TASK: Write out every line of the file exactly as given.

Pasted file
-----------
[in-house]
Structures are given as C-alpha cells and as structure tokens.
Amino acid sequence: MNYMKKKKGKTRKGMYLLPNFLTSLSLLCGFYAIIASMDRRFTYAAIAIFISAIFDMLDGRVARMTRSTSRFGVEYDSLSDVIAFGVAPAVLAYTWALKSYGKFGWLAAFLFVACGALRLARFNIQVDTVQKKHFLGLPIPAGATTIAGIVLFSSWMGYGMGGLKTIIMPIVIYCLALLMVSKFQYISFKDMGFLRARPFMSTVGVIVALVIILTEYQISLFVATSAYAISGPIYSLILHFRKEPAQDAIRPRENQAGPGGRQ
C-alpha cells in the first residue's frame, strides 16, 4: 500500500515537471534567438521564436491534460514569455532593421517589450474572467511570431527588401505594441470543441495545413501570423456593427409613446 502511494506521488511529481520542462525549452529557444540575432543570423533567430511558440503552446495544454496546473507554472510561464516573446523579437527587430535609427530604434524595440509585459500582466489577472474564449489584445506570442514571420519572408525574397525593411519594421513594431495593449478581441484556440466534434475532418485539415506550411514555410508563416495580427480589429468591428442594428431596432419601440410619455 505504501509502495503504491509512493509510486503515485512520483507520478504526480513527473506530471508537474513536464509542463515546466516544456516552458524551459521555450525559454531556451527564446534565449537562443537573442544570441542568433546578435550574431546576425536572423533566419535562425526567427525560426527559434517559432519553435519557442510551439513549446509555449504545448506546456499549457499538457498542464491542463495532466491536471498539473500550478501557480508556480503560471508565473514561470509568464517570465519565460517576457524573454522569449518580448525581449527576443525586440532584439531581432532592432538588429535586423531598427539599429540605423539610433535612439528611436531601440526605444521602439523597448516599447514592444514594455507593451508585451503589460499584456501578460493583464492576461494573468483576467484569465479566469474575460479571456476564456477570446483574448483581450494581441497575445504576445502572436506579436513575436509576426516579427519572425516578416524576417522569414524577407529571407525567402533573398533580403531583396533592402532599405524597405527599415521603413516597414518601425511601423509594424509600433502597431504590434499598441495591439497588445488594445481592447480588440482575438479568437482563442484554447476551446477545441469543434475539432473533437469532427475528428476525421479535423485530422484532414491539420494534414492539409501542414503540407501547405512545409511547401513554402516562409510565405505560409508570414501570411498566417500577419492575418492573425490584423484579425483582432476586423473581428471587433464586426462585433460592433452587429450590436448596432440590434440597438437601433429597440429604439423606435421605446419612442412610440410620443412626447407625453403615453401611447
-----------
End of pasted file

[in-house]
Structures are given as C-alpha cells and as structure tokens.
Amino acid sequence: MNYMKKKKGKTRKGMYLLPNFLTSLSLLCGFYAIIASMDRRFTYAAIAIFISAIFDMLDGRVARMTRSTSRFGVEYDSLSDVIAFGVAPAVLAYTWALKSYGKFGWLAAFLFVACGALRLARFNIQVDTVQKKHFLGLPIPAGATTIAGIVLFSSWMGYGMGGLKTIIMPIVIYCLALLMVSKFQYISFKDMGFLRARPFMSTVGVIVALVIILTEYQISLFVATSAYAISGPIYSLILHFRKEPAQDAIRPRENQAGPGGRQ
C-alpha cells in the first residue's frame, strides 16, 4: 500500500515537471534567438521564436491534460514569455532593421517589450474572467511570431527588401505594441470543441495545413501570423456593427409613446 502511494506521488511529481520542462525549452529557444540575432543570423533567430511558440503552446495544454496546473507554472510561464516573446523579437527587430535609427530604434524595440509585459500582466489577472474564449489584445506570442514571420519572408525574397525593411519594421513594431495593449478581441484556440466534434475532418485539415506550411514555410508563416495580427480589429468591428442594428431596432419601440410619455 505504501509502495503504491509512493509510486503515485512520483507520478504526480513527473506530471508537474513536464509542463515546466516544456516552458524551459521555450525559454531556451527564446534565449537562443537573442544570441542568433546578435550574431546576425536572423533566419535562425526567427525560426527559434517559432519553435519557442510551439513549446509555449504545448506546456499549457499538457498542464491542463495532466491536471498539473500550478501557480508556480503560471508565473514561470509568464517570465519565460517576457524573454522569449518580448525581449527576443525586440532584439531581432532592432538588429535586423531598427539599429540605423539610433535612439528611436531601440526605444521602439523597448516599447514592444514594455507593451508585451503589460499584456501578460493583464492576461494573468483576467484569465479566469474575460479571456476564456477570446483574448483581450494581441497575445504576445502572436506579436513575436509576426516579427519572425516578416524576417522569414524577407529571407525567402533573398533580403531583396533592402532599405524597405527599415521603413516597414518601425511601423509594424509600433502597431504590434499598441495591439497588445488594445481592447480588440482575438479568437482563442484554447476551446477545441469543434475539432473533437469532427475528428476525421479535423485530422484532414491539420494534414492539409501542414503540407501547405512545409511547401513554402516562409510565405505560409508570414501570411498566417500577419492575418492573425490584423484579425483582432476586423473581428471587433464586426462585433460592433452587429450590436448596432440590434440597438437601433429597440429604439423606435421605446419612442412610440410620443412626447407625453403615453401611447